The people in Cuba were sooo nice! You can tell that not having to worry about getting an education, getting treated for a disease or sickness made them very carefree and easy going. As an aside, they created a vaccine for lung cancer, it makes sense as one of their major exports is tobacco! I was able to bring back some Cohiba Behikes (52/54/56). If you don't know what those are, you gotta look em up!
Just know that your hotel wifi will likely not be the same wifi as the public uses and the username/password you get for the RADIUS server won't work out on the open. I had 45 minutes left on the hotel wifi and could not log into the ETECSA wifi at the airport!
So…get this…my presentation was focused on "how to make money" in Cuba. You can find it here. Needless to say, making money in Cuba as a corporation is not something you will be able to do for quite some time. Locals are not allowed to start corporations, so as a programmer, you can't start a consulting company and hire people. The concept of a corporation doesn't really exist in Cuba. You have to get government approval for everything and as we painfully learned, you also need permits for tech gathering!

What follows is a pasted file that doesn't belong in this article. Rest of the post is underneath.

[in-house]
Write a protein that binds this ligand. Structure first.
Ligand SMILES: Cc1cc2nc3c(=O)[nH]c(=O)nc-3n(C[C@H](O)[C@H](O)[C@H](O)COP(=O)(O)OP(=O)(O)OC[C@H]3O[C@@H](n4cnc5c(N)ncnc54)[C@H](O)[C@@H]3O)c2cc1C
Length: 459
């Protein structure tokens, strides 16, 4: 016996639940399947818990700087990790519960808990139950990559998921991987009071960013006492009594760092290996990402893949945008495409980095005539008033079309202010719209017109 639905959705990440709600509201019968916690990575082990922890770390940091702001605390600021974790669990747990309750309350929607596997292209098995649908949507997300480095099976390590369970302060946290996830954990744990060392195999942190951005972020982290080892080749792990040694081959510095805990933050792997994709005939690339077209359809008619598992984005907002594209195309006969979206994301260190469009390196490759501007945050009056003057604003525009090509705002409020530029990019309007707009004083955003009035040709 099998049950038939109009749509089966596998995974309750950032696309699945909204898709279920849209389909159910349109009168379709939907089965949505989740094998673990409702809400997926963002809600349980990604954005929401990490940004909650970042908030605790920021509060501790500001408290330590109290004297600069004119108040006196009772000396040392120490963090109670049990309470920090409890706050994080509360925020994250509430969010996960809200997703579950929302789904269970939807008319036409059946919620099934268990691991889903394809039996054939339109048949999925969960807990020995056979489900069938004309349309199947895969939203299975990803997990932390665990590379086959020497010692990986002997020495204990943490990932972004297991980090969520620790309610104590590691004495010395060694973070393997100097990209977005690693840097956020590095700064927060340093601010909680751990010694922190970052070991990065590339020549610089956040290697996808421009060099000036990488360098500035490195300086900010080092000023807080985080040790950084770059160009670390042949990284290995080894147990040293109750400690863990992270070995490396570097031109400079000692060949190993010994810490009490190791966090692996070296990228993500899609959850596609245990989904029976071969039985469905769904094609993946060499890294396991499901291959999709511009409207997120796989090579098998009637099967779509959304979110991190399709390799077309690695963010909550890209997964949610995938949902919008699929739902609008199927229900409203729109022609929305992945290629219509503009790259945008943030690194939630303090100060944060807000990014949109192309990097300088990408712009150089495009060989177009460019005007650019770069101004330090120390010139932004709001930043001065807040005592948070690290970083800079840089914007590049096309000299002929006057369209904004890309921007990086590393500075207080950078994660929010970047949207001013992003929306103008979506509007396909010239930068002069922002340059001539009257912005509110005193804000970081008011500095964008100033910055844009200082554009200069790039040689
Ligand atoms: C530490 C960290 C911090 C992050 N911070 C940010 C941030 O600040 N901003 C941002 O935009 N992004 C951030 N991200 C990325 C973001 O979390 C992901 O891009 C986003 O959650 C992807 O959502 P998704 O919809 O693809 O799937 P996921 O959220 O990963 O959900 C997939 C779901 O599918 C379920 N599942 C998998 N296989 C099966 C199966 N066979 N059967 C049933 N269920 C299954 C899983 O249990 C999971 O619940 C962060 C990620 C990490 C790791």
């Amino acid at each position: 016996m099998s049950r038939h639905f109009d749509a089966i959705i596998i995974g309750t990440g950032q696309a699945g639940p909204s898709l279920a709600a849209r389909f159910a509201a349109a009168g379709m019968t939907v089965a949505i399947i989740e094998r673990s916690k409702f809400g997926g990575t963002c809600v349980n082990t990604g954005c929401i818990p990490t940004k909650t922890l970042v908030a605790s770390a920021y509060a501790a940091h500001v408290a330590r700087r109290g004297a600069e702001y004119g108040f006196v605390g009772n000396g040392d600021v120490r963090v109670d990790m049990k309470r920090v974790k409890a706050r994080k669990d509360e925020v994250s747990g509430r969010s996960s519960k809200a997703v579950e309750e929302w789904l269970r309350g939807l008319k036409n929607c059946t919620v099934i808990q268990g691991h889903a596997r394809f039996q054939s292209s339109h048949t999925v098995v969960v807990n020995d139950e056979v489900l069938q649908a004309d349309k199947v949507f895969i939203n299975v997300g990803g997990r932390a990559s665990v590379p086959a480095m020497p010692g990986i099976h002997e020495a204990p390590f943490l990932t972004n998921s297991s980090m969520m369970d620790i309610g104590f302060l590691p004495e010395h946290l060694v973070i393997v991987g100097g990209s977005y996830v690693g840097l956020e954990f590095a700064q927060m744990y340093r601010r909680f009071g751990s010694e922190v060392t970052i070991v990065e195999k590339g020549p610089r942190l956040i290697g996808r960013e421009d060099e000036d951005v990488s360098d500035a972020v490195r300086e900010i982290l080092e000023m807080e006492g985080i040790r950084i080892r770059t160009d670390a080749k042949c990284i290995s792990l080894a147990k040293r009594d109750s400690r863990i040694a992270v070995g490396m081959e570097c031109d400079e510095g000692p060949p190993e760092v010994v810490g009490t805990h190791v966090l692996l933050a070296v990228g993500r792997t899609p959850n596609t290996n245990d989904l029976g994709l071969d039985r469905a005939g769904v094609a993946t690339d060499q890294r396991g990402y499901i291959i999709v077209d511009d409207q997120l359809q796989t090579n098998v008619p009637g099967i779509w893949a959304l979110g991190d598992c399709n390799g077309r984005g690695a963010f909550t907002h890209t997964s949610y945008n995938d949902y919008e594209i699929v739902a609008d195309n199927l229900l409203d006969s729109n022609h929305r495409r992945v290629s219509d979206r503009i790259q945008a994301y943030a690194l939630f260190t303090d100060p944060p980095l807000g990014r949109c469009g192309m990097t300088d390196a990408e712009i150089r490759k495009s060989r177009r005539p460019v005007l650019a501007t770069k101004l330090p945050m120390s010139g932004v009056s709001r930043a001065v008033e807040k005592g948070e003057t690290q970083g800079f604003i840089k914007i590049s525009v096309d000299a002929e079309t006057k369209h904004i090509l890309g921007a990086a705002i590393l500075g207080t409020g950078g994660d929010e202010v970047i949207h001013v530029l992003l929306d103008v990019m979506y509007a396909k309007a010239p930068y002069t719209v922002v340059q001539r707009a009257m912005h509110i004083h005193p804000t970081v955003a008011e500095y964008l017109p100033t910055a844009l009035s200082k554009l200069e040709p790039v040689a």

The people in Cuba do have a computer science based curriculum that teaches C#. They use Microsoft products. They don't have the best computers to run things on. Most computers are imported via family and friends. So most places aren't going to have some fancy server room where you can run the latest and greatest server OS and server based products. You also can't count on the network to support cloud services so don't even think about selling cloud services there. You have to have a local presence. Someone will need to build a co-lo facility to host all the major players. I'm sure it will be owned by the Cuban government. You'll just have to put your servers in it to get any decent bandwidth. Google is trying harder than all the others, but the progress is slow. There is a trial to doing broadband. I did see co-axel cables run all over, and there were lots of CAT5 cables run between houses…a lot of the cables were used for door bells though…LOL.